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O’Bee’s star rises in the U.S., but his heart’s in Europe

Spend any time around the European pro road scene, and chances are, it’ll get into your system. The parade of team cars crowding into a town center for the race, the blaring voice of the announcer at sign-in, the wild crowds along the sides of the roads, the media crush at the finish of a big race: This is big-time sport, with the huge buzz that goes along with it. Euro’ bike racing gets in the blood, and right now, it is coursing through the veins of Kirk O’Bee. Sitting in a Danbury, Connecticut, hotel room on the morning of theHousatonic Valley Classic in late May, the 25-year-old O’Bee is

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From the June 17, 2002 issue of VeloNews

By Bryan Jew, VeloNews Senior Writer

Photo: Casey B. Gibson

Spend any time around the European pro road scene, and chances are, it’ll get into your system. The parade of team cars crowding into a town center for the race, the blaring voice of the announcer at sign-in, the wild crowds along the sides of the roads, the media crush at the finish of a big race: This is big-time sport, with the huge buzz that goes along with it. Euro’ bike racing gets in the blood, and right now, it is coursing through the veins of Kirk O’Bee.

Sitting in a Danbury, Connecticut, hotel room on the morning of theHousatonic Valley Classic in late May, the 25-year-old O’Bee is just aweek removed from his Navigators team’s spring European campaign, whichstretched from Italy’s Settimana Cyclista Internazionale at the end ofMarch to France’s Four Days of Dunkirk in the middle of May, with only a brief return to the States in between.

For O’Bee, the racing began with the one-day Paris-Camembert on April 2, and the atmosphere at the French race immediately began to rekindle his European passion, which grew from a full year of amateur racing inBelgium and France in 1999 and a year as a neo-pro with U.S. Postal Servicein 2000.

“I was super motivated even after we did that first race,” says O’Beeof Paris-Camembert. “After the race started, I was, ‘Oh man, I miss thisracing sooo much.’ It was cool to be doing that big a race, in Europe,with all the other teams. The way everyone gets excited for the races,how big they are, is what really gets me motivated to race.”

There was plenty more to come for O’Bee. Over the next 10 days he woulddeliver two big wins for his Navigators team, the first coming April 7 at the Grand Prix de Rennes in France.

“For Rennes, as a team, we were just planning on a field sprint, whichis usually what it is,” O’Bee recalls. “It just happened I just put myself in the right position [in the winning breakaway]. That whole time I was in that break, I didn’t think it was going to work.”

O’Bee attacked the break on the technical finishing circuits in Rennes,while behind, his entire Navigators team was massed at the front of themain field.

“That whole last lap I was like, ‘Now I know my team’s chasing me down,’”he says with a laugh. “Actually they didn’t, they were helping me out,blocking through the turns. All the Euro’s didn’t know what to think, ’causeI don’t know if they knew exactly if I was [still] up there, and the wholeteam went to the front and [the other teams] probably thought they wereleading [Vassili Davidenko] out.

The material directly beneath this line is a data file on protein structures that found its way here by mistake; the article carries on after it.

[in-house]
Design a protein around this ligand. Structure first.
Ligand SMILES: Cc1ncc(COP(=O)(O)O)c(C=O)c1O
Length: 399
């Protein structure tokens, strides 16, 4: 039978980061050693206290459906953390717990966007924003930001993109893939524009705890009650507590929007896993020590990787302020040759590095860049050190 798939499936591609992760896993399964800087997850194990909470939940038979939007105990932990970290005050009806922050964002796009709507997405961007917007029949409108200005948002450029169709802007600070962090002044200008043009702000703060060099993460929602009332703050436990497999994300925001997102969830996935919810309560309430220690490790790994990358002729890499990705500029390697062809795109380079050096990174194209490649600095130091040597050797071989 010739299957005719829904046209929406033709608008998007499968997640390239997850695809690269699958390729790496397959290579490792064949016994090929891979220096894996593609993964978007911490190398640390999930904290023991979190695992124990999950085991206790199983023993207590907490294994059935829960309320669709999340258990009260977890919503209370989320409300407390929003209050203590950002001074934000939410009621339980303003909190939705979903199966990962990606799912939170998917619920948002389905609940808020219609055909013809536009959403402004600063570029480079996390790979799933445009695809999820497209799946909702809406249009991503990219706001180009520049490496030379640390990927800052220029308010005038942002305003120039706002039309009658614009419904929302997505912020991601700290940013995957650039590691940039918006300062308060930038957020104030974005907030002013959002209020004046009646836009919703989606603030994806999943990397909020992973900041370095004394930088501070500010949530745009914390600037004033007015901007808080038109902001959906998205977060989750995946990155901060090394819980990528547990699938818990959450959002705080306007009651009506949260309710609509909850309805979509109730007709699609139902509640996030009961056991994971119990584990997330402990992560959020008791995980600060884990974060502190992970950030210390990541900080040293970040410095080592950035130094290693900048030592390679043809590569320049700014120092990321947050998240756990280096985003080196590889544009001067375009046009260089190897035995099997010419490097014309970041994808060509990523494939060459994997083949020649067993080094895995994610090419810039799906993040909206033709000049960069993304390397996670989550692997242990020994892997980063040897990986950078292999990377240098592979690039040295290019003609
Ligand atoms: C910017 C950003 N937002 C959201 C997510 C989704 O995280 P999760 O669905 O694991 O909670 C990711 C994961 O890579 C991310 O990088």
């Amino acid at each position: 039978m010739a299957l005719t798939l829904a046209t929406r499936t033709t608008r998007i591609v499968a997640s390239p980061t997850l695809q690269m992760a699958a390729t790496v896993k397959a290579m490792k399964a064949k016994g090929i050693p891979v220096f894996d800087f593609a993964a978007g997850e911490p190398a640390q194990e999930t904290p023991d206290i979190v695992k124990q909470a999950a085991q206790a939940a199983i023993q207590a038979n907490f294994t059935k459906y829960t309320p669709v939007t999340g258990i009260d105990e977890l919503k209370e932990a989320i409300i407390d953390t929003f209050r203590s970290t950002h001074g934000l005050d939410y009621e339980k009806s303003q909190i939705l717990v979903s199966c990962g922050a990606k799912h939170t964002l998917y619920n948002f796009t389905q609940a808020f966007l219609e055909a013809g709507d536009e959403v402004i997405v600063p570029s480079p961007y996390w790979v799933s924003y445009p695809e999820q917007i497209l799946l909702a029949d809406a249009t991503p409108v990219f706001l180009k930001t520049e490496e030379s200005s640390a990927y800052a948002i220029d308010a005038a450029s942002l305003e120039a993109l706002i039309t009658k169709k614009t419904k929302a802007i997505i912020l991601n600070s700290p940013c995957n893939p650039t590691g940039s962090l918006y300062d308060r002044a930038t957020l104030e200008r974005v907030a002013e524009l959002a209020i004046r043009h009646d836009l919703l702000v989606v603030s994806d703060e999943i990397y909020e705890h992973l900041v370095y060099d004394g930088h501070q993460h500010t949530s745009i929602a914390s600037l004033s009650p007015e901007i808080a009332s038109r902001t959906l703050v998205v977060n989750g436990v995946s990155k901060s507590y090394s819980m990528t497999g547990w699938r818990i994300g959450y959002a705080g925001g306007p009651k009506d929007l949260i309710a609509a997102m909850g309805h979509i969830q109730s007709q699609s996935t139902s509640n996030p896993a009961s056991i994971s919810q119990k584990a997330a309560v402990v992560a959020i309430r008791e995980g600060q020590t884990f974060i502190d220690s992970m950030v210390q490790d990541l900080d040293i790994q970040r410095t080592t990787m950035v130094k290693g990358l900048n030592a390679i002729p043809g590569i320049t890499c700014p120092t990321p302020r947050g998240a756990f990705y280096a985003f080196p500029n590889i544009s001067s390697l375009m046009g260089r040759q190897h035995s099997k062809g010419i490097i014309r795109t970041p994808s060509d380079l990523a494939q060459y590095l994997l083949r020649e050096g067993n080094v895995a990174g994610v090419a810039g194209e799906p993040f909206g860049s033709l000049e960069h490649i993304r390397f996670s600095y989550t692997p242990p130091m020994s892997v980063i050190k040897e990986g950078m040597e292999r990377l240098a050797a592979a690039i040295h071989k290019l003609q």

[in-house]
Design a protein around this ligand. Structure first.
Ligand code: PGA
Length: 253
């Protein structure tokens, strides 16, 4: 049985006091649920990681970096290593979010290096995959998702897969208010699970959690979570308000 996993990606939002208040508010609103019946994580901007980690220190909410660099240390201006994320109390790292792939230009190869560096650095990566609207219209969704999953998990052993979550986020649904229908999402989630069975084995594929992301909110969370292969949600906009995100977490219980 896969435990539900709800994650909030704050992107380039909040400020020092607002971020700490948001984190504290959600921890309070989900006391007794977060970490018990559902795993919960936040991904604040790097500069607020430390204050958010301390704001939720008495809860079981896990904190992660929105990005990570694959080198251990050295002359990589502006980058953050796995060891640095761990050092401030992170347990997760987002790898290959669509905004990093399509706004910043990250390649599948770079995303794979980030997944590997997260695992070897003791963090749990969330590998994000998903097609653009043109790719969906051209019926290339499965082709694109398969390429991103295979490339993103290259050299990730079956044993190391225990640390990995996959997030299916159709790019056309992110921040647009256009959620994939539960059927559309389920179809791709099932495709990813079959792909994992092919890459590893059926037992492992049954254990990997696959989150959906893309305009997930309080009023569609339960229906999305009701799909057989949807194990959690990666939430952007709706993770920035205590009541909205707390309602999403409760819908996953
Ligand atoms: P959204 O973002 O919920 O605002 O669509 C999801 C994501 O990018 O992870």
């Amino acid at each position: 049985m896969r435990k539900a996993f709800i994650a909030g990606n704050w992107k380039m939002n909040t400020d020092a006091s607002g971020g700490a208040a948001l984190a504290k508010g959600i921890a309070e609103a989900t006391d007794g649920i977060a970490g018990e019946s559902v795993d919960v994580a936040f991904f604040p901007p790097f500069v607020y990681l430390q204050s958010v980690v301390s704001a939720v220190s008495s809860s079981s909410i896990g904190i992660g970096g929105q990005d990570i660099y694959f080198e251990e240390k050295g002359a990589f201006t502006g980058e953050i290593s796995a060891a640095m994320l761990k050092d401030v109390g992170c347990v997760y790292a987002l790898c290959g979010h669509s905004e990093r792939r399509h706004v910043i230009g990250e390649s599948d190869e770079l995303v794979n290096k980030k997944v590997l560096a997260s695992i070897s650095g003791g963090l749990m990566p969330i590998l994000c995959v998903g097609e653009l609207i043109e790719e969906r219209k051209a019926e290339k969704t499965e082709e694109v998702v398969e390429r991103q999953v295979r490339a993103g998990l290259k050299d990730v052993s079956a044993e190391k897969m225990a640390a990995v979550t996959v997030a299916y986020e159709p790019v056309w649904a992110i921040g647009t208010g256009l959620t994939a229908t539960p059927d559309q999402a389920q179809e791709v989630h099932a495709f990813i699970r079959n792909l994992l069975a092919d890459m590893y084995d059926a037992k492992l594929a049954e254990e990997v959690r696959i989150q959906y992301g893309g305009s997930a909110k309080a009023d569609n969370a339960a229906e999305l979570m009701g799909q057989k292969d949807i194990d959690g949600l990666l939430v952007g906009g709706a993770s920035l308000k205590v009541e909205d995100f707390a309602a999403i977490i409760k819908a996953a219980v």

“It worked out really well. I was able to hang on in the end, and they were able to still do the leadout [for Davidenko, who was second], butI think it shocked everyone else in the race. It was a race that was goodfor us — it ended with a crit — and Euro’s don’t know how to take turnsthat well.”Just five days later, O’Bee took win No. 2, this time at the GP PinoCerami in Belgium. O’Bee was in the lead group when Lotto’s Dave Bruylandtsbegan to stir things up: “[Bruylandts] attacked a couple of times, andI went with him the second time and we just stayed away, and that was it.In the finish, I just took him in the sprint.“It was kind of a blur, it all happened so fast,” he says. “Afterward,it was like, ‘Whoa. I just won two races in Europe.’ I was still in a bitof shock, I guess.”For O’Bee, the wins were his first in Europe since he was an amateurin 1999. Toward the end of that season, he signed on as a stagiaire withMapei, and then joined Postal for the 2000 season.That season with Postal was a difficult one for O’Bee, though. A heavyschedule shuttling between the United States and Europe, plus just a feelingthat he wasn’t getting a chance to show his stuff, began to weigh on him.And then, toward the end of the year, he began to hear rumors that he wouldn’tbe back.“I found out kind of semi-officially through rumors first, and thenI asked the assistant director [Dirk Demol], ‘What’s going on? No one’ssaid anything to me, but I hear these rumors.’ And he said, ‘Oh yeah, youdon’t know? You’re not going to be on the team.’“I then found out, [VeloNews] did a thing on who was going tobe going and staying [on Postal], and that’s when I officially found outin print I wasn’t going to be on the team. I mean, I knew at that point,but it was just frustrating.”During his 2002 spring campaign, O’Bee was reminded of something elseabout Europe: When it comes to bike racing, no one forgets.“In Belgium they do [still remember me],” he says. “I think they probablyrecognize my name; people don’t forget names there. They’ll remember someguy that got like 19th in a small amateur race.”So, when he won Rennes and then Pino Cerami, he got the inevitable questionsfrom the Belgian media about his racing past: “What happened with U.S. Postal?” they asked.“I don’t know.”“Why didn’t you ride with them again?”“I don’t know.”“They didn’t tell you?” pressed the journalists.“No, I don’t know why. No one said anything.”“Oh, so is this revenge for you?”On this last topic, O’Bee will allow this much: “It was a bit of redemption.”But in response to the European press, he would only say to them: “No,I’m here racing for myself and my team. I’m not here to revenge U.S. Postal.They did what they did, and I’m happy I’m not racing for them now.”“It was just kind of funny,” he says looking back. “Then one of thereporters said, ‘Do you want to be like a George Hincapie?’ because I thinkI had mentioned that I really enjoyed racing in Belgium and wanted to dothe spring classics. I said, ‘No, I’m not George Hincapie, I’m Kirk O’Bee.”As O’Bee began to carve out his post-Postal identity last year, he startedin an unlikely place, Downer’s Grove, Illinois, where he claimed the stars-and-stripesUSPRO criterium jersey last year, finishing second in the race to Saturn’sDutch rider Harm Jansen.“It’s extremely ironic,” says the blond Michigan native, who this morningwears a sponsor’s baseball cap pulled tightly over his head. “Honestly,I don’t enjoy criteriums that much anymore. It’s too hairy for me, andit doesn’t suit what I’m training for.”No, as he clearly demonstrated this spring, it’s the long, hard Europeanone-days that better suit his talents. And over there, O’Bee’s title causesa fair share of confusion.“It’s funny, because over in Europe, all my trading cards have the jerseyon it, and no one knew who I was because I’m not wearing it, and guys arelike, ‘Uh, are you amateur champion?’ They don’t understand because we’reone of the only countries that has a criterium national championship, soit’s kind of funny trying to explain to them when they’re like, ‘Where’sFred Rodriguez?’“But it’s good. It’s extra exposure, so you can never complain aboutthat. It’s good for U.S. racing. It helps too that I get to start in frontof crits.”While O’Bee makes no secrets about his racing preferences, he admitsthat he is looking forward to the day’s Housatonic Valley Classic. “That’sthe thing, this race is more like a European race, but there’s not thatmany of them in the U.S. At the same time, it’s the whole dynamics of racingin Europe compared to the U.S., where there’s only a handful of pro teamsthat have a strong team, and in Europe there’s 12 or 15 that can make astatement in the race,” he says. “That just changes the whole style ofracing in terms of breaking away, or sitting in. You get in a break inEurope and everyone wants to work. No one’s too worried about it, and ifyou have a teammate up there, some other team’s going to have to chaseit down if they’re not up there.”Still, O’Bee admits, coming back to race in the United States wasn’tas easy as he thought it would be. After getting dropped by Postal, hescrambled for a team at the end of the 2000 season. It was too late fora neo-pro to hook on with a European program, and O’Bee found he had onlyone option.“Navigators was the only team that called me back of all the Americanteams,” he says. “I was desperate. I needed a job. So I just had to changemy whole frame of mind and thinking for my goals for that next year. Andit was harder than I thought it was going to be, that’s for sure.“Racing in America isn’t easy. It’s just as fast, and just as hard asEurope. It’s not like Europe’s the harder racing — there may be longerraces, but it’s just as fast here. Euro’s come over here and they get theirbutts spanked, because they think it’s going to be easy, and it’s not.”“I thought it would come a lot easier,” he admits. “It finally camearound at the end of the year.”Indeed, by the end of last season, O’Bee had justified the faith thatNavigators had shown in picking him up. Team director Ed Beamon said hehad kept an eye on O’Bee for a long time, ever since the Michigan ridersent him a résumé in his first year as a senior in the mid-1990s.“What stuck in my mind and really impressed me about his résuméwas not the results, but what it said about him and his approach to thesport,” says Beamon. “He wasn’t looking for a job. He was just gettinghis name across my desk.”So, when Postal dropped O’Bee at the end of the 2000 season, Beamonwasted little time picking him up.“I really felt that Postal made a huge mistake in letting him go,” saysBeamon. “That surprised me, that they didn’t give him two years. When wesigned him, I felt we were getting a guy ripe to have a good season.”Now, though, as O’Bee is in the midst of an even better season, Beamonknows that he’ll have a lot of work to do to keep the young star happyand to re-sign him for 2003.“We’re gonna do our best to keep him,” Beamon says. “I think it’s agood program for him. If things keep going the way they are, I think weoffer the best of both worlds. It gives a guy an opportunity to race inthe big arena but at the same time stay close to home.“I think he’s happy here, but he loves European racing.”Of that last point, there is no doubt. And while the USPRO criteriumchampion is emerging as a star on the U.S. scene, it’s clear that his future,and his heart, lie in Europe. After all, it’s in his blood now.